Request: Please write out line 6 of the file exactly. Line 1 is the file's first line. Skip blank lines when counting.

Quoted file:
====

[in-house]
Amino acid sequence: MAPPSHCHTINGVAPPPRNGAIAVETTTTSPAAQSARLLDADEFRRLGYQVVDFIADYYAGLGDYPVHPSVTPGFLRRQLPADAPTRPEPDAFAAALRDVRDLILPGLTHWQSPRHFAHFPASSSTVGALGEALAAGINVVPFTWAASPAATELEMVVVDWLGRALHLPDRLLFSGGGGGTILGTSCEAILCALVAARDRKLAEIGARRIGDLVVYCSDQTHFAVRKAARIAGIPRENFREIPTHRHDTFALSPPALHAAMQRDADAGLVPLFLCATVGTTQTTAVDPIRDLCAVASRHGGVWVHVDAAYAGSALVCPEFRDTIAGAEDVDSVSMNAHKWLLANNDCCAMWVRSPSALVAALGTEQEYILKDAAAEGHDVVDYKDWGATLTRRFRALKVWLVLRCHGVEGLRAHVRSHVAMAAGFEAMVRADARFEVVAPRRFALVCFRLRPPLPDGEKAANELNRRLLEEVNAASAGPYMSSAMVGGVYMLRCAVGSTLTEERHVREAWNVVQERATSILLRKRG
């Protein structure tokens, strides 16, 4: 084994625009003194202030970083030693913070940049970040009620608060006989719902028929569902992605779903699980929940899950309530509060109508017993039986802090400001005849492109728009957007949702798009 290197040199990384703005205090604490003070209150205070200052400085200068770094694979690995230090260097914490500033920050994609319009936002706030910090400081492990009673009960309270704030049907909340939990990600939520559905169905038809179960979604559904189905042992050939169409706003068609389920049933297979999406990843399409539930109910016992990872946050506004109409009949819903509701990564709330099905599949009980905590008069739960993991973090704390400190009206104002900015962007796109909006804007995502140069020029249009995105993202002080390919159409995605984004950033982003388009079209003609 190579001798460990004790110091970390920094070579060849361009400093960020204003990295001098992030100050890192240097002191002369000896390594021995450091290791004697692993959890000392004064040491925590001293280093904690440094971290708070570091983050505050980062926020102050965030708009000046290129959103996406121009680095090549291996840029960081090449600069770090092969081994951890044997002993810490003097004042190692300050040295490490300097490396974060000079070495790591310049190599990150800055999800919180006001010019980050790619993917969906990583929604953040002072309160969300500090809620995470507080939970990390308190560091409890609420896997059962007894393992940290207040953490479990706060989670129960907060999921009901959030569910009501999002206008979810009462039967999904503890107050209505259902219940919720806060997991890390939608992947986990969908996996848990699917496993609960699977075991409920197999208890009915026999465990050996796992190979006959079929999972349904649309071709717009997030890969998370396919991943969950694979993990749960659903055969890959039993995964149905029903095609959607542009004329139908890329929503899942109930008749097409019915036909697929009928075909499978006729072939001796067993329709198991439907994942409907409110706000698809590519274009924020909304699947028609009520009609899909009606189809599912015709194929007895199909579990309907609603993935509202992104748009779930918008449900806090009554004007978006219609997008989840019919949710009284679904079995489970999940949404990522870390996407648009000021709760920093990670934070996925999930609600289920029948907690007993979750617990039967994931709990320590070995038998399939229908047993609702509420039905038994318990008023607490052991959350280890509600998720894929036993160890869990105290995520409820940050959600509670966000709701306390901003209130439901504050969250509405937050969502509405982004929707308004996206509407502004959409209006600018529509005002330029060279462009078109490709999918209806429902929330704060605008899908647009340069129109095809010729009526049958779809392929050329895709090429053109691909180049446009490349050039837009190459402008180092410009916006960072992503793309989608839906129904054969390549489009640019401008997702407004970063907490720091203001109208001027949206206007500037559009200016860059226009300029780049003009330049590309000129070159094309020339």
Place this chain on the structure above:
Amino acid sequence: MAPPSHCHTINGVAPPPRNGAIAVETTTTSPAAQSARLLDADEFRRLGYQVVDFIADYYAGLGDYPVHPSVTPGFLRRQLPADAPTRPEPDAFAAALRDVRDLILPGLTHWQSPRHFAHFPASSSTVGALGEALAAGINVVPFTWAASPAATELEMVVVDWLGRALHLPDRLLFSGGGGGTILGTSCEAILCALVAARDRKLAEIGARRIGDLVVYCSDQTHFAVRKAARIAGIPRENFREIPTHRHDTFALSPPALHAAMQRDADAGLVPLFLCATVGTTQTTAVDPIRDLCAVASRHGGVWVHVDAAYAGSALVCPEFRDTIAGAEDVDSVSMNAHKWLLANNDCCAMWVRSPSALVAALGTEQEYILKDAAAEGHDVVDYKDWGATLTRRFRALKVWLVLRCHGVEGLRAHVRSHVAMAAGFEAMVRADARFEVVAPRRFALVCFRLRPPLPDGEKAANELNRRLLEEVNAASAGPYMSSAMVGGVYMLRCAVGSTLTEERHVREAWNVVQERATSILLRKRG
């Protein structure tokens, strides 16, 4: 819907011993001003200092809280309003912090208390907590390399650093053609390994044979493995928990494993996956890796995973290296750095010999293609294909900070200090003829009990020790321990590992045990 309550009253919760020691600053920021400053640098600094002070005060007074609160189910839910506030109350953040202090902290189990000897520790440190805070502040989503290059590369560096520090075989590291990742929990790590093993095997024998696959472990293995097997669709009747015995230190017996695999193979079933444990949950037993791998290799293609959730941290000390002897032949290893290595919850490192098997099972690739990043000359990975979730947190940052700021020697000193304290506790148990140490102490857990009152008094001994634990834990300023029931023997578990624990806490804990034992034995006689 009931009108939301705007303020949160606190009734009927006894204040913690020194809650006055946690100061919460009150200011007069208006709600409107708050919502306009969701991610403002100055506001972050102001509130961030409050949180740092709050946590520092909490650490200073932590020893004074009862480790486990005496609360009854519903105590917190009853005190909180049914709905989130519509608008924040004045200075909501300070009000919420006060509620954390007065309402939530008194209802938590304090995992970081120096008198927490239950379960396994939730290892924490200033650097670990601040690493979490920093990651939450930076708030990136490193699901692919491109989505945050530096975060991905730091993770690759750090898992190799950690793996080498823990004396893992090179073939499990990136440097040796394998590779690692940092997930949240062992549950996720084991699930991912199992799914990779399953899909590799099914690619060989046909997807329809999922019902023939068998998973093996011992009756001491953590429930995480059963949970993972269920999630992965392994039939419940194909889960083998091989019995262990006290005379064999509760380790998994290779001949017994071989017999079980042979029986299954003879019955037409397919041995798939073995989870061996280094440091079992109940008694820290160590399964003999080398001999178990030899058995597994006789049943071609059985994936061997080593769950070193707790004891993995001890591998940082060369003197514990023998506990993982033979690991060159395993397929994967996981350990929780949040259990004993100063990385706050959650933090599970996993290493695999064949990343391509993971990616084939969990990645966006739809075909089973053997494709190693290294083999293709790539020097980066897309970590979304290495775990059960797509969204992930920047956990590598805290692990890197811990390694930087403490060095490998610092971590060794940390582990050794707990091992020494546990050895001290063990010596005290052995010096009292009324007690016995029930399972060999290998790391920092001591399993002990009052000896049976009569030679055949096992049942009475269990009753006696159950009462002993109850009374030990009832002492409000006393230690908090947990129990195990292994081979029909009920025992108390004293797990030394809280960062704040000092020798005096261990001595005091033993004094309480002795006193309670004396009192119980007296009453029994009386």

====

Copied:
């Protein structure tokens, strides 16, 4: 819907011993001003200092809280309003912090208390907590390399650093053609390994044979493995928990494993996956890796995973290296750095010999293609294909900070200090003829009990020790321990590992045990 309550009253919760020691600053920021400053640098600094002070005060007074609160189910839910506030109350953040202090902290189990000897520790440190805070502040989503290059590369560096520090075989590291990742929990790590093993095997024998696959472990293995097997669709009747015995230190017996695999193979079933444990949950037993791998290799293609959730941290000390002897032949290893290595919850490192098997099972690739990043000359990975979730947190940052700021020697000193304290506790148990140490102490857990009152008094001994634990834990300023029931023997578990624990806490804990034992034995006689 009931009108939301705007303020949160606190009734009927006894204040913690020194809650006055946690100061919460009150200011007069208006709600409107708050919502306009969701991610403002100055506001972050102001509130961030409050949180740092709050946590520092909490650490200073932590020893004074009862480790486990005496609360009854519903105590917190009853005190909180049914709905989130519509608008924040004045200075909501300070009000919420006060509620954390007065309402939530008194209802938590304090995992970081120096008198927490239950379960396994939730290892924490200033650097670990601040690493979490920093990651939450930076708030990136490193699901692919491109989505945050530096975060991905730091993770690759750090898992190799950690793996080498823990004396893992090179073939499990990136440097040796394998590779690692940092997930949240062992549950996720084991699930991912199992799914990779399953899909590799099914690619060989046909997807329809999922019902023939068998998973093996011992009756001491953590429930995480059963949970993972269920999630992965392994039939419940194909889960083998091989019995262990006290005379064999509760380790998994290779001949017994071989017999079980042979029986299954003879019955037409397919041995798939073995989870061996280094440091079992109940008694820290160590399964003999080398001999178990030899058995597994006789049943071609059985994936061997080593769950070193707790004891993995001890591998940082060369003197514990023998506990993982033979690991060159395993397929994967996981350990929780949040259990004993100063990385706050959650933090599970996993290493695999064949990343391509993971990616084939969990990645966006739809075909089973053997494709190693290294083999293709790539020097980066897309970590979304290495775990059960797509969204992930920047956990590598805290692990890197811990390694930087403490060095490998610092971590060794940390582990050794707990091992020494546990050895001290063990010596005290052995010096009292009324007690016995029930399972060999290998790391920092001591399993002990009052000896049976009569030679055949096992049942009475269990009753006696159950009462002993109850009374030990009832002492409000006393230690908090947990129990195990292994081979029909009920025992108390004293797990030394809280960062704040000092020798005096261990001595005091033993004094309480002795006193309670004396009192119980007296009453029994009386």